Obama's historic shout-out numbs Las Vegas teacher


WASHINGTON -- As if Saturday wasn't remarkable enough -- getting to ride in a rail car on a historic whistle-stop tour through grand old cities and chatting with political celebrities and journalists from around the world -- Rosa Mendoza fell numb when she heard her name called out in a speech before thousands of people.

That was when President-elect Barack Obama, in an address to a cheering crowd in Baltimore, gave her a surprise shout-out, saying for posterity that the Las Vegas teacher is someone who is making America a better place.

"I felt like the clouds opened up and angels just poured bliss over me," said Mendoza, who was standing a few feet away, just offstage. "Electricity went through me. That was awesome."

Here is part of what the inauguration-bound Obama said in pledging to deliver the change he has promised:

"When our children are graduating from newer, better schools that prepare them to be good citizens and sought-after workers, I will be thinking of middle school teachers like Rosa Mendoza, who is giving her students the chance to fulfill their God-given potential."

"As long as that (speech) is going to exist, my grandchildren and great-grandchildren will be able to tell that to the world," said Mendoza, who teaches English at Innovations International Charter School.

Mendoza was among 41 "everyday Americans" who were selected to take part in the daylong rail tour from Philadelphia to Washington, the same route Abraham Lincoln took to his inaugural in 1861. The event kicked off four days of celebration leading to Obama's swearing-in on Tuesday as the nation's 44th president.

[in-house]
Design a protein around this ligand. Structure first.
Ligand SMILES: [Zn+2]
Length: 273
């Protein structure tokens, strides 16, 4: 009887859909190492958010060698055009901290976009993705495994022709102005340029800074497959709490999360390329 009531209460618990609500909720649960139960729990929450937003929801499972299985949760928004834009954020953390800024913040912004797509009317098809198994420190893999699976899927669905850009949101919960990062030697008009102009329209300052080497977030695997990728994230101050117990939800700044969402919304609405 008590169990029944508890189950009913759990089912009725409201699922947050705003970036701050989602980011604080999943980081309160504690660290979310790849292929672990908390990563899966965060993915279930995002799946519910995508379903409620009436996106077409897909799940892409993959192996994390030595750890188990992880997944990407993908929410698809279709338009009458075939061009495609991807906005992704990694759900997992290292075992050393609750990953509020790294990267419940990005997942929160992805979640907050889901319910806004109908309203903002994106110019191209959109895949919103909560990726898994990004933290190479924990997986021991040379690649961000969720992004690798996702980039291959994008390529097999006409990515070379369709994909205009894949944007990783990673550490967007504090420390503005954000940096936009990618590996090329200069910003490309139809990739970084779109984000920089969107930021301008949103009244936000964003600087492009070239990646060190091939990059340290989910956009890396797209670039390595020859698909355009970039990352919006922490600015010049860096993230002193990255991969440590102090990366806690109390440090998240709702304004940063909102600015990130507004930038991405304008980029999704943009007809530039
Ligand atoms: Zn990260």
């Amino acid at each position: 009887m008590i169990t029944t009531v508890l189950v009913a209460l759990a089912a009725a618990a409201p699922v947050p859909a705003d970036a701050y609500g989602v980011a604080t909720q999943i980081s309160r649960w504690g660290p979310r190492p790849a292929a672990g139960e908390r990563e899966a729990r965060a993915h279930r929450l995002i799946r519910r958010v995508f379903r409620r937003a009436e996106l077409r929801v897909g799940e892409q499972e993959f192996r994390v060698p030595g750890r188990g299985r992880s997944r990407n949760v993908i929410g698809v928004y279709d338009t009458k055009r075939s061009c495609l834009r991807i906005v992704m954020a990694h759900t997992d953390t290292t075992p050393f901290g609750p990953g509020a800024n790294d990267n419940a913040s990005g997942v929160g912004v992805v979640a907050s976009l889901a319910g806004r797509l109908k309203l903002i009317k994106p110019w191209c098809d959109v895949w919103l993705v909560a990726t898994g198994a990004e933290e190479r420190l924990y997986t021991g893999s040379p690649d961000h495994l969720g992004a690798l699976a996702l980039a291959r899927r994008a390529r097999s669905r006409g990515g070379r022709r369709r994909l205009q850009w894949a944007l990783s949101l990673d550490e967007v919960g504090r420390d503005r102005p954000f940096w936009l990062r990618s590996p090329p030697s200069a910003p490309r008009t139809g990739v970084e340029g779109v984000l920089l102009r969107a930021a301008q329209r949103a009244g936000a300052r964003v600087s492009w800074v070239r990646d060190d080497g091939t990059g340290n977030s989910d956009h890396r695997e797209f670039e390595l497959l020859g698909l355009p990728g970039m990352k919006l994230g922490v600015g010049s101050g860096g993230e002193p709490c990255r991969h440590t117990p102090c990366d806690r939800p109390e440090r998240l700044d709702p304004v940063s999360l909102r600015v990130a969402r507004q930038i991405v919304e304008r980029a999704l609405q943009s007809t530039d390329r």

For Mendoza, 43, it was her first time on a train, and her first time to the East Coast. The teeth in the lifelong Las Vegan were still chattering from the subfreezing temperatures when she checked into her hotel on Saturday evening.

"It was surreal," said Mendoza, who was accompanied by her daughter Bianca, 24, a teacher at Lake Elementary School. "We were 41 of the luckiest normal people in the world."

The Amtrak train was 10 cars long. The Mendozas sat in the fourth car along with the other families who were singled out for the tour. Barack and Michelle Obama (who was celebrating her 45th birthday), and Vice President-elect Joe Biden and his wife Jill were in the last car, an historic Pullman Standard built in 1939.

The guests were served lunch between Wilmington and Baltimore, and Obama came up front to shake hands and sign mementos.

"I asked him if he remembered me, and he said yes," Mendoza said. "I didn't get nervous or anything."

Looking out the window as the train slowed through small towns, Mendoza was struck by the people who lined the tracks, braving the weather to catch sight of the president-elect.

"People were probably waiting a long time to get a glimpse, and here I had a bird's-eye view," she said.

"I realized how lucky I am."

Contact Stephens Washington Bureau Chief Steve Tetreault at stetreault @stephensmedia.com or 202-783-1760.

 

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